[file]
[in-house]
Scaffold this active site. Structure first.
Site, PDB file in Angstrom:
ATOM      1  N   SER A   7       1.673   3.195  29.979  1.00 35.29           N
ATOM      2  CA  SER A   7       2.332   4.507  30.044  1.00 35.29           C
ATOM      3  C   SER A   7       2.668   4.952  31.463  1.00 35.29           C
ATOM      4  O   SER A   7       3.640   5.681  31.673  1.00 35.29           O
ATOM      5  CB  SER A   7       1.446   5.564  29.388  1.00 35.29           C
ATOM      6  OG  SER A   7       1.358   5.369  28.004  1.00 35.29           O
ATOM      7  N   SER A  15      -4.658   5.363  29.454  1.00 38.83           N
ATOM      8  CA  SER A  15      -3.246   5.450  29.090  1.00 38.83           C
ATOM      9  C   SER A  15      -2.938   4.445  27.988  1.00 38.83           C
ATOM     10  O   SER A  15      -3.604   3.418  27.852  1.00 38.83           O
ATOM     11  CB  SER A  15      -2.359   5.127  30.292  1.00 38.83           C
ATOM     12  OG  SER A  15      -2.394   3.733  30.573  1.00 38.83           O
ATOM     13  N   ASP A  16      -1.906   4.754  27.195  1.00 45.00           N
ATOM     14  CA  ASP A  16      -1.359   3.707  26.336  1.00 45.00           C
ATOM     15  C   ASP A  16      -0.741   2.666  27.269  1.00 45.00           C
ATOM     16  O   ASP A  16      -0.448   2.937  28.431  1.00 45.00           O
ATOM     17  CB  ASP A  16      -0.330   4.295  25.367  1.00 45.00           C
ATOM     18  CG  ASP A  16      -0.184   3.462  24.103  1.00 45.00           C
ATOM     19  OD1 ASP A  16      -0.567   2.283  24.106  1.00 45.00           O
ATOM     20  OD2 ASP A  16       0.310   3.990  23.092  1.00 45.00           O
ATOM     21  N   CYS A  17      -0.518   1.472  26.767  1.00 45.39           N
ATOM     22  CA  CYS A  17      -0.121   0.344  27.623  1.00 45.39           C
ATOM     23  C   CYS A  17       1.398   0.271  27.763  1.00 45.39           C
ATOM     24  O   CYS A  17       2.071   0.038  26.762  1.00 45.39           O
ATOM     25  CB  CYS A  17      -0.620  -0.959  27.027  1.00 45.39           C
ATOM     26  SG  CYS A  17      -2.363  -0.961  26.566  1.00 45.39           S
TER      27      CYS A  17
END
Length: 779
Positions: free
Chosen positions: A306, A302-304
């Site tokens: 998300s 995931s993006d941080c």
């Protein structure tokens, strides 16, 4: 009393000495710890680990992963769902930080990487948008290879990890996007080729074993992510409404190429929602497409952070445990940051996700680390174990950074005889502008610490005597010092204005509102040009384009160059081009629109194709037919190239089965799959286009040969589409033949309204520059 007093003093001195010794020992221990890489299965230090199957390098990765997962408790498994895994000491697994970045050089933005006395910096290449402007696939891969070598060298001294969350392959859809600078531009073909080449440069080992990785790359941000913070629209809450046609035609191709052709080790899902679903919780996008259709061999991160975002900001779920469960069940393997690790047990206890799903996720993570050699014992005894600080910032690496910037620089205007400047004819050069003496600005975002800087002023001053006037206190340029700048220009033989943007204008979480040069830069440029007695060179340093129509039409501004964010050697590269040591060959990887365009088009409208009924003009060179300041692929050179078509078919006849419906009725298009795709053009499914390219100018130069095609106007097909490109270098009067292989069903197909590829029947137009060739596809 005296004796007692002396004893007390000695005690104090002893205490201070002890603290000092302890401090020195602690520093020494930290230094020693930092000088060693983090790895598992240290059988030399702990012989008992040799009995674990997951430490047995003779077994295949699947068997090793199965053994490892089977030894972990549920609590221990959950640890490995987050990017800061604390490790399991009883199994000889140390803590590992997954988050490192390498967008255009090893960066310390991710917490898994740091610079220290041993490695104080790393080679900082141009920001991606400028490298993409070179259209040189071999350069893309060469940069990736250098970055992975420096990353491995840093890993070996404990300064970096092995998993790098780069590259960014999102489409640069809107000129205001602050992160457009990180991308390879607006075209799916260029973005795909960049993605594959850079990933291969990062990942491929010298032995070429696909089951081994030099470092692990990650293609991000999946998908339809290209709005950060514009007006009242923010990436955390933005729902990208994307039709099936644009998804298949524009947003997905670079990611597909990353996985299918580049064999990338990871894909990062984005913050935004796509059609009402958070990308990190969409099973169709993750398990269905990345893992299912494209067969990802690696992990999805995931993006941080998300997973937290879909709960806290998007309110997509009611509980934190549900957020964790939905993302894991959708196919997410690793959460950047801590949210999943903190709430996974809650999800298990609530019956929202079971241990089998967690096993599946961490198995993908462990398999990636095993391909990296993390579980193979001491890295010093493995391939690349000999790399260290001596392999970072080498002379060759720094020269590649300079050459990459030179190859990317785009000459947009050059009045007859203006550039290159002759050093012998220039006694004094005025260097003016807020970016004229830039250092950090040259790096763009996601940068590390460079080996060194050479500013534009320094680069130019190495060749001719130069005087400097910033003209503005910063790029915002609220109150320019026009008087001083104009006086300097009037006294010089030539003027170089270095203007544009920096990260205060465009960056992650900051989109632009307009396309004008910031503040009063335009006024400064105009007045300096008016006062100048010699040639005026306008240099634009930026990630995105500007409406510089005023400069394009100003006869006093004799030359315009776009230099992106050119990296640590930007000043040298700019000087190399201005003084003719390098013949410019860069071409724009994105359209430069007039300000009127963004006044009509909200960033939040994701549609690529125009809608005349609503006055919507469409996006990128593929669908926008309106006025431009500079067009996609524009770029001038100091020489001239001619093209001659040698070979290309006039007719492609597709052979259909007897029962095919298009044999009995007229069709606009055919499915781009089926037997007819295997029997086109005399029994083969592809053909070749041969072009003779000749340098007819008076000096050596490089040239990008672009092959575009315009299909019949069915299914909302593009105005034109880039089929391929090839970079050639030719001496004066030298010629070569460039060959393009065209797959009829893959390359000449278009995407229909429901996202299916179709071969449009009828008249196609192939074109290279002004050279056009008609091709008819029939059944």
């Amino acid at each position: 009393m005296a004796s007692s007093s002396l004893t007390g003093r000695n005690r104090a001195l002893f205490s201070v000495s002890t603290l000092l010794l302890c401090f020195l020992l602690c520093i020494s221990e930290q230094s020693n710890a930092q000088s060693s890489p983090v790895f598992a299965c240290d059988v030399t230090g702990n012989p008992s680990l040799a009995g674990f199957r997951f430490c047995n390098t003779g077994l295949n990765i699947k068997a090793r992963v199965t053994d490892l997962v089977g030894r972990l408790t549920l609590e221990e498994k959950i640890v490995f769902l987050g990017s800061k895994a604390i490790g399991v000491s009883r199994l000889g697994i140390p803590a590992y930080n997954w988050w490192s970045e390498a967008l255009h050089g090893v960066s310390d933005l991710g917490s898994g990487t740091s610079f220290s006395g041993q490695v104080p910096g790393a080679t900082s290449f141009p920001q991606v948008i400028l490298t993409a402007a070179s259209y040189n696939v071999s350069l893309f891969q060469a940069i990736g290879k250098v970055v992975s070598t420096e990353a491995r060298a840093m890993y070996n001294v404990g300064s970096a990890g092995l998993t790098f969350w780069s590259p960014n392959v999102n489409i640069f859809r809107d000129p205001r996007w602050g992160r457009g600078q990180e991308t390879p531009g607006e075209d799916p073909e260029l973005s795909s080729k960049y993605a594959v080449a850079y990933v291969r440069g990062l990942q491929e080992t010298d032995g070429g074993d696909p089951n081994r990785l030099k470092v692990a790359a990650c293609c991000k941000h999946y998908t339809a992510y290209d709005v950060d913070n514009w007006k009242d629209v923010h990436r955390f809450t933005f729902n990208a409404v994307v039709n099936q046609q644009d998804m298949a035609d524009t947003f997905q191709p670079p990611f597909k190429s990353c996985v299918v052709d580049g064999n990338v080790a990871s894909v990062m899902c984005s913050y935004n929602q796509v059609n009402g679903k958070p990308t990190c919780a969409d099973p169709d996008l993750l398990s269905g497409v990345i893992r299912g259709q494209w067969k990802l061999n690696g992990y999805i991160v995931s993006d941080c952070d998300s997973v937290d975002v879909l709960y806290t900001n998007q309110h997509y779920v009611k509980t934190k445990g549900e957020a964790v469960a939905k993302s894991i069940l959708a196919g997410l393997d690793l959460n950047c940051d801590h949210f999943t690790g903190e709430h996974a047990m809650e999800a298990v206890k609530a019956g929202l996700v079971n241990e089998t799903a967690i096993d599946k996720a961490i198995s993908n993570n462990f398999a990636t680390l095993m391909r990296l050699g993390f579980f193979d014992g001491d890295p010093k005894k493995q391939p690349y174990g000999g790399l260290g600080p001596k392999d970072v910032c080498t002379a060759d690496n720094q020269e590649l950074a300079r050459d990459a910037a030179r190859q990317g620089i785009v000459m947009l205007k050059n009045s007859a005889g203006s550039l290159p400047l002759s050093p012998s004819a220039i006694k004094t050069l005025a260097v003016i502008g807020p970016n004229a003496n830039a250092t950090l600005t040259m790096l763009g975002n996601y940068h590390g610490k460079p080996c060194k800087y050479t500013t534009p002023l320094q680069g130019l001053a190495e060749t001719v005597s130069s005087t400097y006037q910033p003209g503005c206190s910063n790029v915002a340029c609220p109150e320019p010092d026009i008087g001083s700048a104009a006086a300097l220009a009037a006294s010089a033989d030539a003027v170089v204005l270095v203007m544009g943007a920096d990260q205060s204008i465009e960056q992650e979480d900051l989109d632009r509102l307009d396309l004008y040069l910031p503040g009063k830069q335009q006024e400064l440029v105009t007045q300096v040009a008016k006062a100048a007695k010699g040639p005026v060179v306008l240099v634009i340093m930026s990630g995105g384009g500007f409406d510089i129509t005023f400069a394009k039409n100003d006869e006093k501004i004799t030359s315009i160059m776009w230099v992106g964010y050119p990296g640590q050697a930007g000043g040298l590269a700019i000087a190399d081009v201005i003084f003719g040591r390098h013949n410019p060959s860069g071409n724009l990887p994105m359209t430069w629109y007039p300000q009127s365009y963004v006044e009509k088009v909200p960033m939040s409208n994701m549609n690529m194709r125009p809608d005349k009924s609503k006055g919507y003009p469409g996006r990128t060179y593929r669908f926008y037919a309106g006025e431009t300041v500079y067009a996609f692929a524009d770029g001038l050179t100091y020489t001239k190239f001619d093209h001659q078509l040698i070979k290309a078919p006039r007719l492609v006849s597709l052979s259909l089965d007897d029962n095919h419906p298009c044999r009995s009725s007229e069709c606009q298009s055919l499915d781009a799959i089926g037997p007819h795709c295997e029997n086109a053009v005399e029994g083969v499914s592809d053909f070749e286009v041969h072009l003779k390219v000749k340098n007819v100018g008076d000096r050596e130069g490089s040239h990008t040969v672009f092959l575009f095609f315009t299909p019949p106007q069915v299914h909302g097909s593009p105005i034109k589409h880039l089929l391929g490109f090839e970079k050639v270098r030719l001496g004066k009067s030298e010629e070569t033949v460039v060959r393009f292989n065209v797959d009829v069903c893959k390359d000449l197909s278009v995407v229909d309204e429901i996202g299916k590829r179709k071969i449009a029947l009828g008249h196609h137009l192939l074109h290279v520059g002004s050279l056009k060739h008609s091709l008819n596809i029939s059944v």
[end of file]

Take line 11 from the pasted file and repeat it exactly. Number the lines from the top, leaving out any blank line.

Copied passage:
ATOM      8  CA  SER A  15      -3.246   5.450  29.090  1.00 38.83           C